Here some questions we need to ask ourselves and ponder while maintaining our RECOVERY. Because Validation is an important aspect of recovering from addictions.
Do You Feel Validated?
Do You Allow Others Opinions Determine How You Feel?
Is Being “In Self” at Times Can Be a Good Thing? YES!
Validation–that sense of self as unique, worthy, and valued, with a connection with others and the universe. Validation, with no judgment, is vital for inner peace and happiness, and without it, you may feel you don’t matter. You may even feel invisible. In other words, validation requires unconditional recognition, acceptance, and appreciation for the whole person you are.
You may remember when someone lifted your spirits, and you felt good about yourself. And you may remember when some put you down, and you felt like a nothing inside. So others have the power to validate positive and negative, and you go through the ups and downs of how others make you feel.
Most of us get some positive validation from others, but there are those who live their whole life with a self-image of nothingness. When I worked in the jail, I counseled the homeless mentally ill. Sometimes I told them I saw their bright mind and good heart, and they could do something with their life. Their reaction was always the same. They’d pause, overwhelmed with tears, and say, “Nobody ever said that to me…nobody.” Then they’d wipe their tears on their shirt sleeve and smile. Validation gave them some meaning in their empty life.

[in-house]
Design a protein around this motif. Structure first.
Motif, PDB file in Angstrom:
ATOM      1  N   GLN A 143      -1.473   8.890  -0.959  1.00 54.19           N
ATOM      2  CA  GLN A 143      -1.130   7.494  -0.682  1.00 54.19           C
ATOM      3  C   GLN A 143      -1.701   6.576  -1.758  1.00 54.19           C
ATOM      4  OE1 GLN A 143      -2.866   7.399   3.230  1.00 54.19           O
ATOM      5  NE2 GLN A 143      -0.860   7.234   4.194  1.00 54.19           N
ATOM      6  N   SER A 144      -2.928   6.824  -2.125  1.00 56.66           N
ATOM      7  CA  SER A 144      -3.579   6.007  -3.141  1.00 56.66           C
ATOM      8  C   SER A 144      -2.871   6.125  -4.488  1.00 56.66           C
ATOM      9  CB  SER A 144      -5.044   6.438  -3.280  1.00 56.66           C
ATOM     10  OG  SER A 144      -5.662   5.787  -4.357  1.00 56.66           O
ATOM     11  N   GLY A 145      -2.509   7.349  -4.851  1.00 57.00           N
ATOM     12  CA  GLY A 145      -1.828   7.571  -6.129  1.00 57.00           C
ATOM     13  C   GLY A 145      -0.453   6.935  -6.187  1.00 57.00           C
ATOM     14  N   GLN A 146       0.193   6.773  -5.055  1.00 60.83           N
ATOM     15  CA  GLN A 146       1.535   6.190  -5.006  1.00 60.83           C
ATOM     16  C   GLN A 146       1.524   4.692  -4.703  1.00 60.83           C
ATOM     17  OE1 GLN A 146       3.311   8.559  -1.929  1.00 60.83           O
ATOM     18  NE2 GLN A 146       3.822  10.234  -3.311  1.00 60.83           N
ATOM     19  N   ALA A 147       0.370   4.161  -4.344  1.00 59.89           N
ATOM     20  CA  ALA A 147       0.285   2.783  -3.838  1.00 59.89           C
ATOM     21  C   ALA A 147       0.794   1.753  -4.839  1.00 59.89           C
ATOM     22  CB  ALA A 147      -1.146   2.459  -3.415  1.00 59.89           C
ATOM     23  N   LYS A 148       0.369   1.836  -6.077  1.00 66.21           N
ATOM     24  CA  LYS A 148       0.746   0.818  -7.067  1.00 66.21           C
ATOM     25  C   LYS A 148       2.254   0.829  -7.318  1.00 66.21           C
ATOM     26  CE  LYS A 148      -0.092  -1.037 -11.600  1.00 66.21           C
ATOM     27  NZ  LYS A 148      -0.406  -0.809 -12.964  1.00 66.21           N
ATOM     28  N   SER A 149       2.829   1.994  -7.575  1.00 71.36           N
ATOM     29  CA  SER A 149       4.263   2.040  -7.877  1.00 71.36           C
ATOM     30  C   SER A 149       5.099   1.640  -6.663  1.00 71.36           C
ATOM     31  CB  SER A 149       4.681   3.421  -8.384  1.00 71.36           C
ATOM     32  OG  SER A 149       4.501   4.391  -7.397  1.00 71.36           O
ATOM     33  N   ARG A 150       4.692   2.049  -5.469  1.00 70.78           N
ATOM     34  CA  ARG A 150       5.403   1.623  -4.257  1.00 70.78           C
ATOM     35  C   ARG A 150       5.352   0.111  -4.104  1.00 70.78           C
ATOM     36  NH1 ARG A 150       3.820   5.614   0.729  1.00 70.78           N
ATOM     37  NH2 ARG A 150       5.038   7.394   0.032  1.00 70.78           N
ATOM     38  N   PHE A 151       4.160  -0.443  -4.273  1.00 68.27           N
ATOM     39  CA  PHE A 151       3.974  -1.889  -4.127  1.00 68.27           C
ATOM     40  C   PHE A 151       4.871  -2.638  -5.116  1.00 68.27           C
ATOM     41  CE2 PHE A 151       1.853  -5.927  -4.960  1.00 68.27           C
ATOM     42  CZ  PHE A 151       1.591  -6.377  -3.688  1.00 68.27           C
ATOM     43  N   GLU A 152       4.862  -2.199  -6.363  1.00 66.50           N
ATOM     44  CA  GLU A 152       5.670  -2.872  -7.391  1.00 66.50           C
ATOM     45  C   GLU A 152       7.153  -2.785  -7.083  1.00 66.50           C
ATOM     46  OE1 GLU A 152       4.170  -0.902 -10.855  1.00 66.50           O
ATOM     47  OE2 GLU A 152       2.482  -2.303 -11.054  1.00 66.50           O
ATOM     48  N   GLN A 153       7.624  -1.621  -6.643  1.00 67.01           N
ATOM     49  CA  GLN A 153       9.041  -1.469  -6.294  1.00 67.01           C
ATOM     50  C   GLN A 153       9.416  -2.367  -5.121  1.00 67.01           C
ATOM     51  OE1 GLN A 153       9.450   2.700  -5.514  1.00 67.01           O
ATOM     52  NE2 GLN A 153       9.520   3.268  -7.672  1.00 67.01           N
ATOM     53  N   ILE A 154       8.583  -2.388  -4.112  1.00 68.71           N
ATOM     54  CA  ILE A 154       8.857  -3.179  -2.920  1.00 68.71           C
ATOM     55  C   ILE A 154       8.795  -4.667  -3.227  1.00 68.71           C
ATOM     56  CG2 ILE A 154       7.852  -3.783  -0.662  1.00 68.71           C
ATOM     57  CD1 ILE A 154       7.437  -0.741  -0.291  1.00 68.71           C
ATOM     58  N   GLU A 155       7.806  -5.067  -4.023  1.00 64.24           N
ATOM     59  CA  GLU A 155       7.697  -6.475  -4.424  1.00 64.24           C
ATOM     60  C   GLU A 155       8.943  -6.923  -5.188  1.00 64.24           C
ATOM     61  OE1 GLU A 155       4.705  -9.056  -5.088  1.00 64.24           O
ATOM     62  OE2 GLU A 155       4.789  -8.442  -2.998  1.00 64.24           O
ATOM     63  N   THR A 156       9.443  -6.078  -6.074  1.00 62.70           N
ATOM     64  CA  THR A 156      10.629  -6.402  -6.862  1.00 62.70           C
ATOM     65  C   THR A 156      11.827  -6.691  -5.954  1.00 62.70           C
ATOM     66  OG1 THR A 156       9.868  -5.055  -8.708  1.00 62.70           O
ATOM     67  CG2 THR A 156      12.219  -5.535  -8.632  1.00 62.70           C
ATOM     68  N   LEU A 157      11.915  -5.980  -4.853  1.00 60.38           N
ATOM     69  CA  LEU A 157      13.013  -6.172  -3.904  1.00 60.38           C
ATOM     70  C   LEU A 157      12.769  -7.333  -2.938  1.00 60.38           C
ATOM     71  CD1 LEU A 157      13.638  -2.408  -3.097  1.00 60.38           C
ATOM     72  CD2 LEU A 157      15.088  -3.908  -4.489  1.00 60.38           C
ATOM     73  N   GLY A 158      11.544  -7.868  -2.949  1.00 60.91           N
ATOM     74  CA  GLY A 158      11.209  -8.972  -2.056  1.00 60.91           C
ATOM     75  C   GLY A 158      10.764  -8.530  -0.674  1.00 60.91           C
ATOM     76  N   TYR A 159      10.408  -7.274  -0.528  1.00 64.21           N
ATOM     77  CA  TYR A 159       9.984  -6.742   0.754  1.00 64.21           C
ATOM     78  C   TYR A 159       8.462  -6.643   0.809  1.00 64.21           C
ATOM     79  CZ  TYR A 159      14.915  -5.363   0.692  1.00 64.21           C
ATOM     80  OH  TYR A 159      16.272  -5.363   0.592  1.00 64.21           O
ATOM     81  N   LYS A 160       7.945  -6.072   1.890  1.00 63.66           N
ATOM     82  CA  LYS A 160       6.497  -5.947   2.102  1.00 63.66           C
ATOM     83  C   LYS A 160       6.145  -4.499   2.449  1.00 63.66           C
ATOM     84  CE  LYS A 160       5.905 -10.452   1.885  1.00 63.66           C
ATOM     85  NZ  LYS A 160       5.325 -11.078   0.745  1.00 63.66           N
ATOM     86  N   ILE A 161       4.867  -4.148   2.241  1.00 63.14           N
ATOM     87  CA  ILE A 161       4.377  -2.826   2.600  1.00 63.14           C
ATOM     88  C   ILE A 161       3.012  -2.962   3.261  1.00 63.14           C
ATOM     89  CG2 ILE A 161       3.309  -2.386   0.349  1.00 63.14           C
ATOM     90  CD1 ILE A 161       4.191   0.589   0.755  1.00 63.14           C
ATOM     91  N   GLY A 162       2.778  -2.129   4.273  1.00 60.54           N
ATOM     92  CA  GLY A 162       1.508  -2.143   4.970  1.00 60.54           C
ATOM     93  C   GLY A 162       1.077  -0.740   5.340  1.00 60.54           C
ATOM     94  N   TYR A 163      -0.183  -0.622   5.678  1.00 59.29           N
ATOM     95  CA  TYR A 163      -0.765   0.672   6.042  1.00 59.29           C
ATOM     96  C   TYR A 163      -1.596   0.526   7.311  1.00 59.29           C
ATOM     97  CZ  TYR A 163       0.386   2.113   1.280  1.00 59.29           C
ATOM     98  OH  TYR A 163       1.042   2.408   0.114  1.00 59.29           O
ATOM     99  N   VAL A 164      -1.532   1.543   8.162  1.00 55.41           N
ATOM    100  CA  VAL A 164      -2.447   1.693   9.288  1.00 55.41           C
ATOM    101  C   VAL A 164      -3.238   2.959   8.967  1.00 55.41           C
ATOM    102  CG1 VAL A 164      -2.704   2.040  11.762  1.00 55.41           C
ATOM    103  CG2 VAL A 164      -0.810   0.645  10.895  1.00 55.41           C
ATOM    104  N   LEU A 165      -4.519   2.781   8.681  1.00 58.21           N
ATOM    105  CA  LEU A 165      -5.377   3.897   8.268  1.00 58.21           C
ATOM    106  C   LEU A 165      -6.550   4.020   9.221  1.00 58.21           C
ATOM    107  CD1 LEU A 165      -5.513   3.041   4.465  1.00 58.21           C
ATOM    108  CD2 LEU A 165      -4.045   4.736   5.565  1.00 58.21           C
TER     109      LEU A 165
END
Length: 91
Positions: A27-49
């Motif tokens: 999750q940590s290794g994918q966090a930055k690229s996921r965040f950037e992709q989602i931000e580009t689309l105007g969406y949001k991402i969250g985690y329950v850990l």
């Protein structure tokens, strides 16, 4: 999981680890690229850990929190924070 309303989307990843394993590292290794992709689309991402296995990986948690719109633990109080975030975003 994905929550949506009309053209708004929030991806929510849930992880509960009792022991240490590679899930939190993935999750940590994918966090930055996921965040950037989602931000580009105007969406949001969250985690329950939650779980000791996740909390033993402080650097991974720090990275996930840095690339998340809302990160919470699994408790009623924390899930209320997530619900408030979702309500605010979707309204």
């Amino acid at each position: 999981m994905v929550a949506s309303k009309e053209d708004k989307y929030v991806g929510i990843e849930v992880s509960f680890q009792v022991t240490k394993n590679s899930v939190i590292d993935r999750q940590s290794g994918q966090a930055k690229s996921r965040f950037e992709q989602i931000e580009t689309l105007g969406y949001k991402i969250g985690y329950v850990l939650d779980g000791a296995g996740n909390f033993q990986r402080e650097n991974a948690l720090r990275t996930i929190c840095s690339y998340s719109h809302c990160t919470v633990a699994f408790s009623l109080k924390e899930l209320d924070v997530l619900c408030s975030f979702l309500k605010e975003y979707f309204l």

We need to let each other know we’re important and appreciated, but in order to gain dominion over our own feelings, we need to learn self-validation from within. What would it be like if you validated yourself, and didn’t need it from anyone else? You would have dominion over your feelings, and it would prevent opinions by others from invalidating you. And you’d be free.
“The only permission, the only validation, and the only opinion that matters in our quest for greatness is our own.” ~Steve Marboli
Self-validation – is a life-long process, and our experiences teach us what we need to know about ourselves. We become less critical; we gain more understanding and tolerance of our total self, and we free ourselves to be who we truly are. We don’t create a new person. We simply allow our true authentic ‘Self’ to emerge.
So how do you learn self-validation with the strength to maintain it?
1. Assume the role of an observer, and think about how you really feel about you. Sad, wounded, pretty good, could be better, disappointed, etc. No judgment. Just observe and let it be.
2. You don’t have to like every feeling you have, but you do need to own all of your feelings. They’re yours. They belong to you. And you can do whatever you want with them. Throw them in the trash, hang them on the wall, get a refund. Notice when you’re feeling judgmental, and decide you’re done with that feeling. Take judgment and criticism out of your life forever.
3. Identify and list what you consider positive and negative about you. Decide what you want to keep and what you want to release.
An Example: I interrupt people when they’re talking. I can release that one.
I let dishes pile up in the sink. It’s okay to do that. (Smile) etc.
4. Start being kind to you, and know you deserve it. Give yourself what you missed as a child; begin giving yourself what you seek from others; when you feel unhappy or stressed, ask what you need, and when possible provide it for yourself; watch for success and praise yourself.
5. Accept mistakes and shortcomings as part of your learning process, and every day, look in the mirror and say, “This is me, warts and all. And I’m absolutely amazing.”
As you move along, practice relating less to your human self and more to your Higher Self, that part that transcends human pain and knows the truth of who you are. Take back your dominion over how you feel, and let that higher Self-shine with love and peace in your heart. You are beautiful.
May you always be true to your special Self. ✔💕✨✨💕